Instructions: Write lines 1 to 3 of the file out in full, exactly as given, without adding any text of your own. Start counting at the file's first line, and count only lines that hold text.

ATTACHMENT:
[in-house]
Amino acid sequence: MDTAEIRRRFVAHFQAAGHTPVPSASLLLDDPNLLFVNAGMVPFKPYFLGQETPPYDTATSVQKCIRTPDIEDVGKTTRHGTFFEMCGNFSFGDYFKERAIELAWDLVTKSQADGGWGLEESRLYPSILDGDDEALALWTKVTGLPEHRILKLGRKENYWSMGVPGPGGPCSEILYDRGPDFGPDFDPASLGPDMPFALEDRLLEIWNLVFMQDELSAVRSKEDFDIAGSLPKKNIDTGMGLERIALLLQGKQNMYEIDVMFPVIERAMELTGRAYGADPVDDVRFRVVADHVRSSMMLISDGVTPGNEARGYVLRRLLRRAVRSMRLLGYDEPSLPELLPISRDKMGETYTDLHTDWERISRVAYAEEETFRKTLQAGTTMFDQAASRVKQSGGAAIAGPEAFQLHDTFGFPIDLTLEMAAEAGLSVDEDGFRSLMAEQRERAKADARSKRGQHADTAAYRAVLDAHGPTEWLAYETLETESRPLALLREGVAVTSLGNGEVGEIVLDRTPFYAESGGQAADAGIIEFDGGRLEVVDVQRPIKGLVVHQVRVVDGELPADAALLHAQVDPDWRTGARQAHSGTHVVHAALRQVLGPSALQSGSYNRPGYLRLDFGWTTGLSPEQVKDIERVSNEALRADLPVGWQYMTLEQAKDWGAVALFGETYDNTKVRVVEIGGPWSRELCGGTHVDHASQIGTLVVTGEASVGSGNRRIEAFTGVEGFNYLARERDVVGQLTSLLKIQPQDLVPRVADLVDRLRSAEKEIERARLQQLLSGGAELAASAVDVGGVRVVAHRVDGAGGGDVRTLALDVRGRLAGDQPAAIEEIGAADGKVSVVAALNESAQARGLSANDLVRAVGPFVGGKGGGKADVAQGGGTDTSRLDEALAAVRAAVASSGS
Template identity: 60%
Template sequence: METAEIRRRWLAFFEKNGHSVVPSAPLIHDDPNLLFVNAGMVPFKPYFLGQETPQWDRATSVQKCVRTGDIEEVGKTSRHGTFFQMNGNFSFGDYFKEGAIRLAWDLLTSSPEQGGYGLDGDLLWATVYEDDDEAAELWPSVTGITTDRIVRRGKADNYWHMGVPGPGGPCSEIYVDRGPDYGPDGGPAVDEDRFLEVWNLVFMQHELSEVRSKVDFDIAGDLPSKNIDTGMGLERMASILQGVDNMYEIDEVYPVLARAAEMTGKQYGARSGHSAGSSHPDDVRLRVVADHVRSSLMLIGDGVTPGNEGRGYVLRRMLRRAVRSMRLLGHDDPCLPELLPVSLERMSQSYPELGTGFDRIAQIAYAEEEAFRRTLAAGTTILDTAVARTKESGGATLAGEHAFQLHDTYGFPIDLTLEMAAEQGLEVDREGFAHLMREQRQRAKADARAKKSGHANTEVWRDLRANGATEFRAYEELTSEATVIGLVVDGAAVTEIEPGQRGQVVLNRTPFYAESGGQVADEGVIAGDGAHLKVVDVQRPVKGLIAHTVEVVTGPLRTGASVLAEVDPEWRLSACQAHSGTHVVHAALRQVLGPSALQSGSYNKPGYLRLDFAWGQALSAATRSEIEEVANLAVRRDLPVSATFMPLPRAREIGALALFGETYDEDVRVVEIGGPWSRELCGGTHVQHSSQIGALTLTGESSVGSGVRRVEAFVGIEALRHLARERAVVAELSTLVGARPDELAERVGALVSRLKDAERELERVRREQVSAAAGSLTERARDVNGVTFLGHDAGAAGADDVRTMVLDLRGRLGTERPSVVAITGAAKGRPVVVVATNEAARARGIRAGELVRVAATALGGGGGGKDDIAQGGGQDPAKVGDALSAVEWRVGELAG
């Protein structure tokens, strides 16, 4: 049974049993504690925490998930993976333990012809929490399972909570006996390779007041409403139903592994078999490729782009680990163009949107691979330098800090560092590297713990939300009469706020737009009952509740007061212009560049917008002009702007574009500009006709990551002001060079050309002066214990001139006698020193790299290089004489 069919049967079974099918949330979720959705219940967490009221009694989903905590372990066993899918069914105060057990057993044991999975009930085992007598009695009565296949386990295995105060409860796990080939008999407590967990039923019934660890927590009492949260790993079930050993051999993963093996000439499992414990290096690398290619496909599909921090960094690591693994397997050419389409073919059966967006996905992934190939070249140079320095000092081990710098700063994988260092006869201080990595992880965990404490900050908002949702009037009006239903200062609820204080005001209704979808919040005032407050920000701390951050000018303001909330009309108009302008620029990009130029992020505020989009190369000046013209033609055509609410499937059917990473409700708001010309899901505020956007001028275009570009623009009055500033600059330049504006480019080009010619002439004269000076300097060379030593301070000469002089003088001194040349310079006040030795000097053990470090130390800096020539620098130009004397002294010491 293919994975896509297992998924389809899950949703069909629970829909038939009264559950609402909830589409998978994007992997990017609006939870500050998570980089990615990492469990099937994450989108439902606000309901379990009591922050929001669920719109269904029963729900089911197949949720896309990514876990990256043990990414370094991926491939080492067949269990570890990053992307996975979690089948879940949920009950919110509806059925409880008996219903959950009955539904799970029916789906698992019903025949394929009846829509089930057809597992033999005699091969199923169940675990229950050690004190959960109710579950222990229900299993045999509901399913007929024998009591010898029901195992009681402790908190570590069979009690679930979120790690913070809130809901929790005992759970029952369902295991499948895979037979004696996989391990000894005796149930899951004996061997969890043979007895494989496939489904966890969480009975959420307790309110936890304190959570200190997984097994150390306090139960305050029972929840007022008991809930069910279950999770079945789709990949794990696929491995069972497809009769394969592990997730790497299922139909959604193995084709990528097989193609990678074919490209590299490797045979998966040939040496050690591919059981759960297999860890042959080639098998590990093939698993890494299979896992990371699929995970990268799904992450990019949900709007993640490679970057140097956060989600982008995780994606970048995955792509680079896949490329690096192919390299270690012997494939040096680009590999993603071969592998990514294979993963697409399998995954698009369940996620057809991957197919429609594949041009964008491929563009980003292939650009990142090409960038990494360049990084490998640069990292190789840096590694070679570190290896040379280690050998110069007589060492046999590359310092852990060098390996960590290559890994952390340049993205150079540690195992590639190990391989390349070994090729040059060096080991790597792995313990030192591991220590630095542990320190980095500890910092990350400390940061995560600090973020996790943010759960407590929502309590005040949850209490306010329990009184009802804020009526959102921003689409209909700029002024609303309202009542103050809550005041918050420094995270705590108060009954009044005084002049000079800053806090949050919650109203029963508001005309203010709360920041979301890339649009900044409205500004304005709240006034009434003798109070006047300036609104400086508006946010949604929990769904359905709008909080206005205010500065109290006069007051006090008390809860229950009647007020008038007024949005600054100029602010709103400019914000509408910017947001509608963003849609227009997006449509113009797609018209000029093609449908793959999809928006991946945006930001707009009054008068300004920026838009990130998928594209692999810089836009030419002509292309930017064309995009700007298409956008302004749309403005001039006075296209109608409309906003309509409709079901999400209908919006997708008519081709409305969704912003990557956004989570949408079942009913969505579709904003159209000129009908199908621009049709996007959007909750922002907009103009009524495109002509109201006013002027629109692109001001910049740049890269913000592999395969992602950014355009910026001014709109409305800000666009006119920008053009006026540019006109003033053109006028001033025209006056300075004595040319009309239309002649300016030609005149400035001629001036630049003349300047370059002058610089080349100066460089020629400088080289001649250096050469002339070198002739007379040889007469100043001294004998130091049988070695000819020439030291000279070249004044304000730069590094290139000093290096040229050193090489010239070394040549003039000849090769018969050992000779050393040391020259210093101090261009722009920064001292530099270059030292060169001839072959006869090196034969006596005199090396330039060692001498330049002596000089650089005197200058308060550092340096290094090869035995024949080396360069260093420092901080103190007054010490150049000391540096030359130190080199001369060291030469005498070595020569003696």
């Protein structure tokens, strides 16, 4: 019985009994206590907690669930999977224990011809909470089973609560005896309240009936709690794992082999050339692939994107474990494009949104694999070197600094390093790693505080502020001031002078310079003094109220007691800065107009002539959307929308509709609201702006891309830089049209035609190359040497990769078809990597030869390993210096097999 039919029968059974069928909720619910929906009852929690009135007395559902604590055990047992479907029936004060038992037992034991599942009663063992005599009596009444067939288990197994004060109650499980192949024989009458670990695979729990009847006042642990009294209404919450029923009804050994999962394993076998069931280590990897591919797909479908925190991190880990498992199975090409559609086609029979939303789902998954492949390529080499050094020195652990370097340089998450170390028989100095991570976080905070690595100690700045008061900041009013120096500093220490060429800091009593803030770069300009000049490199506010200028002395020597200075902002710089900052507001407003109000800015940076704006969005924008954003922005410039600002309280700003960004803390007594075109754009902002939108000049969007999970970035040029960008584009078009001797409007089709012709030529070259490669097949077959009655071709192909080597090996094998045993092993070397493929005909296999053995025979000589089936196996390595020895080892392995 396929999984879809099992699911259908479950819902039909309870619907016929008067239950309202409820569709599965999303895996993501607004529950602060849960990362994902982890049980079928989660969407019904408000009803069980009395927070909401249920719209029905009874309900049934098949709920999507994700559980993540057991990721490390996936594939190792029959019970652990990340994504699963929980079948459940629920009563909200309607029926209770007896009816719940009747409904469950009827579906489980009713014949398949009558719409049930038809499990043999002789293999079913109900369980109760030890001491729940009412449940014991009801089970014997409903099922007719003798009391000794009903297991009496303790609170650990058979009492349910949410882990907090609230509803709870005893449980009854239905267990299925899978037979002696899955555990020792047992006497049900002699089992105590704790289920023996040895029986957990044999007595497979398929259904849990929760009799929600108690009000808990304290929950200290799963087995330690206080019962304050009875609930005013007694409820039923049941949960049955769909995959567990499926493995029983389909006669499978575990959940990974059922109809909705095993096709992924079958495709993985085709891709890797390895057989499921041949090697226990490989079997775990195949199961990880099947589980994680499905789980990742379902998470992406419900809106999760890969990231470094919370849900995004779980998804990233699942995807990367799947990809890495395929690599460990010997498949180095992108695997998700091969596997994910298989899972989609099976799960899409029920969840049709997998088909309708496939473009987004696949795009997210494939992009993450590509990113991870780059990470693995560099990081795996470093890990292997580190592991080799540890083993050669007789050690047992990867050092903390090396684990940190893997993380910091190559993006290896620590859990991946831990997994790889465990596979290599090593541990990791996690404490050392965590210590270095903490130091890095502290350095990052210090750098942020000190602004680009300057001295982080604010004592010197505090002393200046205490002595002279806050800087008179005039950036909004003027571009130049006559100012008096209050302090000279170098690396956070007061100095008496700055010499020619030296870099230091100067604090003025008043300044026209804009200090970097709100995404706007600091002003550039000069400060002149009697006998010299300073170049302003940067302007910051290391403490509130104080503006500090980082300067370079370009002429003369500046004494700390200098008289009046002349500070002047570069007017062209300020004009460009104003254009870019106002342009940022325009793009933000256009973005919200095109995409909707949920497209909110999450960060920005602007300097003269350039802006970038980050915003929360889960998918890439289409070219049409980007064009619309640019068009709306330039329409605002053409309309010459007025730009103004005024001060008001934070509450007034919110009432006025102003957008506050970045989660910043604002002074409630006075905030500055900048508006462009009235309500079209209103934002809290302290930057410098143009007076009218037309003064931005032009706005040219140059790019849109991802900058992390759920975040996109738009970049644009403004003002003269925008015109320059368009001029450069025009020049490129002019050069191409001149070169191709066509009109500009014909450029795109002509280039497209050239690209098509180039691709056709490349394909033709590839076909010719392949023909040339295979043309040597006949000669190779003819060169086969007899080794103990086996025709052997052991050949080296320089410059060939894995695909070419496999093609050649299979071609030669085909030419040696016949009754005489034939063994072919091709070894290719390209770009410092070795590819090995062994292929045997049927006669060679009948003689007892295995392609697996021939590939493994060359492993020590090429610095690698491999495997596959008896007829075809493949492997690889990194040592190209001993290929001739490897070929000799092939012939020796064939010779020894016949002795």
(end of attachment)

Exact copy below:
[in-house]
Amino acid sequence: MDTAEIRRRFVAHFQAAGHTPVPSASLLLDDPNLLFVNAGMVPFKPYFLGQETPPYDTATSVQKCIRTPDIEDVGKTTRHGTFFEMCGNFSFGDYFKERAIELAWDLVTKSQADGGWGLEESRLYPSILDGDDEALALWTKVTGLPEHRILKLGRKENYWSMGVPGPGGPCSEILYDRGPDFGPDFDPASLGPDMPFALEDRLLEIWNLVFMQDELSAVRSKEDFDIAGSLPKKNIDTGMGLERIALLLQGKQNMYEIDVMFPVIERAMELTGRAYGADPVDDVRFRVVADHVRSSMMLISDGVTPGNEARGYVLRRLLRRAVRSMRLLGYDEPSLPELLPISRDKMGETYTDLHTDWERISRVAYAEEETFRKTLQAGTTMFDQAASRVKQSGGAAIAGPEAFQLHDTFGFPIDLTLEMAAEAGLSVDEDGFRSLMAEQRERAKADARSKRGQHADTAAYRAVLDAHGPTEWLAYETLETESRPLALLREGVAVTSLGNGEVGEIVLDRTPFYAESGGQAADAGIIEFDGGRLEVVDVQRPIKGLVVHQVRVVDGELPADAALLHAQVDPDWRTGARQAHSGTHVVHAALRQVLGPSALQSGSYNRPGYLRLDFGWTTGLSPEQVKDIERVSNEALRADLPVGWQYMTLEQAKDWGAVALFGETYDNTKVRVVEIGGPWSRELCGGTHVDHASQIGTLVVTGEASVGSGNRRIEAFTGVEGFNYLARERDVVGQLTSLLKIQPQDLVPRVADLVDRLRSAEKEIERARLQQLLSGGAELAASAVDVGGVRVVAHRVDGAGGGDVRTLALDVRGRLAGDQPAAIEEIGAADGKVSVVAALNESAQARGLSANDLVRAVGPFVGGKGGGKADVAQGGGTDTSRLDEALAAVRAAVASSGS
Template identity: 60%